We spike, tease, color and curl it. We heat, gel, straighten and spray it. We fret and fume over it, spend pots of money on it and weep when we lose it. It’s our crowning glory, a vital sign of health, youth and beauty. It’s our hair, and we want it to look great.
This year, consumers worldwide will spend $38 billion to tend to their hair, using products that claim to include vitamins, fruit juices and herbal oils. Natural products like rosemary, almond oil, honey, avocado, kiwi and lemongrass often are listed as ingredients in shampoos and conditioners. These products sound good enough to eat, but is it really possible to “feed” our hair from the top down?
All in the Diet
Clinical nutritional consultant and co-author of The Food Doctor (Collins & Brown, 1999), Vicki Edgson, argues that the key to healthy hair is to “Feed it properly from the inside.” Hair is made of a stretchy protein called keratin, so maintaining a diet with adequate protein — from fish, plant sources, chicken and eggs — is important. The same nutrients that make good skin, nails, bones and connective tissue benefit hair health. So if you want healthy hair, eat wisely, Edgson advises.
Your Hair’s Life Cycle
Over-the-counter conditioners may make hair feel and look better by smoothing down the shingle-like cuticle, which protects the hair shaft. But by the time hair is visible at the scalp level, it is no longer alive and is not able to absorb nutrients. Living cells reside on and beneath the scalp, where there are some 84,000 to 145,000 hair follicles. Each follicle holds an individual hair that is embedded in the skin by a root at its base, which benefits from a blood supply rich in amino acids, vitamins and minerals.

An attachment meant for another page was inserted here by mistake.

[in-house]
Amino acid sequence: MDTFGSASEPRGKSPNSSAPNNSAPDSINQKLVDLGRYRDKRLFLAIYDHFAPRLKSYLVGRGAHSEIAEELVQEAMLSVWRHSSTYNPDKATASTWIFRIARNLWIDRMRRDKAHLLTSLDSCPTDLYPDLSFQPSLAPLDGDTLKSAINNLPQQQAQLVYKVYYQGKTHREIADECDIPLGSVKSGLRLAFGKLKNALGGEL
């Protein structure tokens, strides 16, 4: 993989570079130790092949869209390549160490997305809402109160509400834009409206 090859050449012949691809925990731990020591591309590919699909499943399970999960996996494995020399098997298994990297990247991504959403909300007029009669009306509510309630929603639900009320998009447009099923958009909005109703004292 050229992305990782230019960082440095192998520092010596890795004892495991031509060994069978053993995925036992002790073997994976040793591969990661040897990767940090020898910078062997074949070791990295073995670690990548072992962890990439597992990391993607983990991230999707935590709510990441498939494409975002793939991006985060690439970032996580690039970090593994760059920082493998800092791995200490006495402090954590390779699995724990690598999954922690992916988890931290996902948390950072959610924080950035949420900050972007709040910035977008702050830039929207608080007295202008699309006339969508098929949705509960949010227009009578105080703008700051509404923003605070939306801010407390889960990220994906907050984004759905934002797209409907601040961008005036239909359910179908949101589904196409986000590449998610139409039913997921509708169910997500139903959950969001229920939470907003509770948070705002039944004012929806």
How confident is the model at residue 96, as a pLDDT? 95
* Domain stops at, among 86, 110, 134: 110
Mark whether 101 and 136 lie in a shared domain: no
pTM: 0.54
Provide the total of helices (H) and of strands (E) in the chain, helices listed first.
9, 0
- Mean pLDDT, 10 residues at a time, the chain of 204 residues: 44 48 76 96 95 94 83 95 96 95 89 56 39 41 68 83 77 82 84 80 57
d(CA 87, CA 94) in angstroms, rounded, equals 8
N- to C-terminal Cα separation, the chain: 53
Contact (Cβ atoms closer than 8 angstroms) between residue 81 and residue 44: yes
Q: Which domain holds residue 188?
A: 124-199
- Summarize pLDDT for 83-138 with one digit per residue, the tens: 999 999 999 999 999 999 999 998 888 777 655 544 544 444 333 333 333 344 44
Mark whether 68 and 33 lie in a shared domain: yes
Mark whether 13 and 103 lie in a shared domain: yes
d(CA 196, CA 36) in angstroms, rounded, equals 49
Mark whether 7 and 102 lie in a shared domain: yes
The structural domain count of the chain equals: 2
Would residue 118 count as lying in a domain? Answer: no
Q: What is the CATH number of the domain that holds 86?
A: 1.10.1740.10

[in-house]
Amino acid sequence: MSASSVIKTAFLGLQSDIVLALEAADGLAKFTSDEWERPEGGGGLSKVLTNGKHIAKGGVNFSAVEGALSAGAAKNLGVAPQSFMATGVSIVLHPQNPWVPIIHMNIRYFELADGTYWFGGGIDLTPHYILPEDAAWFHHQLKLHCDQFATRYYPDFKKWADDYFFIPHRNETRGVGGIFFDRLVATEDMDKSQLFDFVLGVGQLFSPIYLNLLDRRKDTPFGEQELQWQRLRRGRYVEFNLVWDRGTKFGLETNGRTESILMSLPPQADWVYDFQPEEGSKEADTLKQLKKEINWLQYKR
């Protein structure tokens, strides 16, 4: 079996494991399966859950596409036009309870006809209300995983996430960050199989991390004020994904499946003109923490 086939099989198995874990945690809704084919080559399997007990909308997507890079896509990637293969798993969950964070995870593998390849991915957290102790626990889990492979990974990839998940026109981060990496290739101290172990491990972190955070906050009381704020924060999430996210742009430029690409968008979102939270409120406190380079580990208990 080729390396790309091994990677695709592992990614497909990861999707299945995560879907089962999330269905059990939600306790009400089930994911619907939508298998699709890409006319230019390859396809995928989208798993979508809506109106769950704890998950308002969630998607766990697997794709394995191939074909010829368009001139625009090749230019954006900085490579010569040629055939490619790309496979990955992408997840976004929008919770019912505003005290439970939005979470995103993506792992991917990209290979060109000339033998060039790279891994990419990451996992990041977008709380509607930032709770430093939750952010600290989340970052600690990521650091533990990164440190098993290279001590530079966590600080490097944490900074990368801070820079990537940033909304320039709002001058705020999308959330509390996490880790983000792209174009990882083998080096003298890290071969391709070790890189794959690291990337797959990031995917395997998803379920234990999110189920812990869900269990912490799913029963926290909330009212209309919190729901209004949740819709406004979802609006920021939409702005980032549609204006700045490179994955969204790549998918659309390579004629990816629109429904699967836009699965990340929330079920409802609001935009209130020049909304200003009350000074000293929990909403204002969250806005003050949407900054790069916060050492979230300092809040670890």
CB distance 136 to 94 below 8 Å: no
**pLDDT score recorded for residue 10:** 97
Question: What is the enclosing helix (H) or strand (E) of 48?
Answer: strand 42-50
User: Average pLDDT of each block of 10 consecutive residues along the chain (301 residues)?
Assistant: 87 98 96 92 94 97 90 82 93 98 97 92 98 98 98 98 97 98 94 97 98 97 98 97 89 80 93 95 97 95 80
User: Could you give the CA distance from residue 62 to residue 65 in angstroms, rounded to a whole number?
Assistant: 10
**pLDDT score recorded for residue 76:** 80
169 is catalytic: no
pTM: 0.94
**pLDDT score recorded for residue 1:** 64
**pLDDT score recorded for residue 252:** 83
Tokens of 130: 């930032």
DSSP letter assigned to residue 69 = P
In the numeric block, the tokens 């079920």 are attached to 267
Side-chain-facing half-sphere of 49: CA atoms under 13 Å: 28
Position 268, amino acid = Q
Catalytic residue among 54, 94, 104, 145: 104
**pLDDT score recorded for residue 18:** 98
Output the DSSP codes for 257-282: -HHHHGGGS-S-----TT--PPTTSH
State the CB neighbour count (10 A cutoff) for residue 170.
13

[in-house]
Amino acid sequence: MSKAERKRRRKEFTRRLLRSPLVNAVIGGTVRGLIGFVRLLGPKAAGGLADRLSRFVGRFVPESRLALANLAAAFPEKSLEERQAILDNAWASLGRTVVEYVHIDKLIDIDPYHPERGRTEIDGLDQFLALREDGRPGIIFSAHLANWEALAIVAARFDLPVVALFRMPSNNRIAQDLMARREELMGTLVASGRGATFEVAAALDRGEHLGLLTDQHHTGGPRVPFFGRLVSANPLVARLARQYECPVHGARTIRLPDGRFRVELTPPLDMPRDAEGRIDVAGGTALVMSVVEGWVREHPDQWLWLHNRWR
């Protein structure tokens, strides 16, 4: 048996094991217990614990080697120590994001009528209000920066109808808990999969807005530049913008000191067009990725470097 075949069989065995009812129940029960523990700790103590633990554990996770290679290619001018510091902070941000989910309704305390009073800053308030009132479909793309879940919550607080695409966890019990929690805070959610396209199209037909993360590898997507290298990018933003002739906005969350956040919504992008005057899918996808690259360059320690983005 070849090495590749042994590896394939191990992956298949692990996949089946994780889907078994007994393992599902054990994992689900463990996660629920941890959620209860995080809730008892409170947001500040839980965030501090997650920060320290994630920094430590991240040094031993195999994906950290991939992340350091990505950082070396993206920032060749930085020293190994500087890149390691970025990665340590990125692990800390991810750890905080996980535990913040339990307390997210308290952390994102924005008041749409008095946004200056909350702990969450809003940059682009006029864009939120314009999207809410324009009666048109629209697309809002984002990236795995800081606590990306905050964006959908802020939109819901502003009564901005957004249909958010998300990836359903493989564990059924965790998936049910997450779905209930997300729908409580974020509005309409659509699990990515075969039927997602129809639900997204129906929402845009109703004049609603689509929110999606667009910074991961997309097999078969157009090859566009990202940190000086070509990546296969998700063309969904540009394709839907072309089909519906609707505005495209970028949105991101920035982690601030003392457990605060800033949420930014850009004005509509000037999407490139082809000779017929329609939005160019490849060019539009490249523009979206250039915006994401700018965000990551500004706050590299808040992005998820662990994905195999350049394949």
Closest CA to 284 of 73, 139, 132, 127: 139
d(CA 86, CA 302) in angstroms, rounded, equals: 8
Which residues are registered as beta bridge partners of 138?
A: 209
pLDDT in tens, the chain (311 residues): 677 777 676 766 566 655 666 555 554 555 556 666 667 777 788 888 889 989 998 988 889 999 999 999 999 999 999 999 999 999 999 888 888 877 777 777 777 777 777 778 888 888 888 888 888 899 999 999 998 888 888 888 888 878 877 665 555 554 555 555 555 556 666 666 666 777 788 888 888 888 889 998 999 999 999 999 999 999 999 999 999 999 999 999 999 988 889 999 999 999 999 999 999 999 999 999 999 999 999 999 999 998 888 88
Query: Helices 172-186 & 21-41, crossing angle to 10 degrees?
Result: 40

Every hair has a life cycle, when it is actively growing (anagen phase) and resting (telogen phase). Hair grows about one half inch per month, or six inches in one year. Hair also routinely falls out. It is perfectly normal to lose from 50 to 100 hairs per day. But more significant hair loss may be due to environmental pollution, overmedication, stress, hormonal changes or poor diet. The lack of iron has been linked to excessive hair shedding, according to a 2002 report in Clinical and Experimental Dermatology. But the author of the report also cites excessive use of supplements as a possible factor contributing to hair loss.
Herbal Help for Absentee Hair
Aside from a good diet, adequate in protein and iron, the topical use of essential oils of certain herbs has been shown to reverse hair loss. In a 1998 Archives of Dermatology study, medical doctor Isabelle C. Hay successfully treated 43 patients with alopecia areata (sudden hair loss) using the essential oils of thyme, lavender, rosemary and cedarwood, in carrier oils of jojoba and grapeseed oils. The subjects were given two-minute scalp massages daily with the oils, and a control group of 43 received the daily scalp massages with the carrier oils only. At the end of the seven-month trial, 19 people in the essential oil group had re-grown hair, as opposed to six in the control group.
Hay warns that pregnant women or individuals with high blood pressure or epilepsy should not try this at home. Hair loss can be caused by stress, hormonal changes, deficient diet, environmental pollution and disease. Check with your doctor and dermatologist if you’re losing your hair.
Most hair trouble is not as worrisome as hair loss, say aromatherapists Judith White and Karen Downes. Hair disrepair (or the poor appearance and condition of hair) is, for most of us, due to loss of moisture from perms, coloring, setting, bleaching, frequent washing or drying. They recommend a weekly herbal treatment, using 5 drops of geranium and 10 drops each of sandalwood and lavender essential oils. Add the mixture into 12/3 ounces of cold-pressed vegetable, nut or seed oil (sweet almond oil is a good choice). Apply to dry hair and leave on for 20 minutes with your hair wrapped in a towel or paper wrapper to conserve heat and help penetration. Remove by adding shampoo and working in before water is added. Wash thoroughly.
Nancy Allison is a freelance writer currently living in Germany.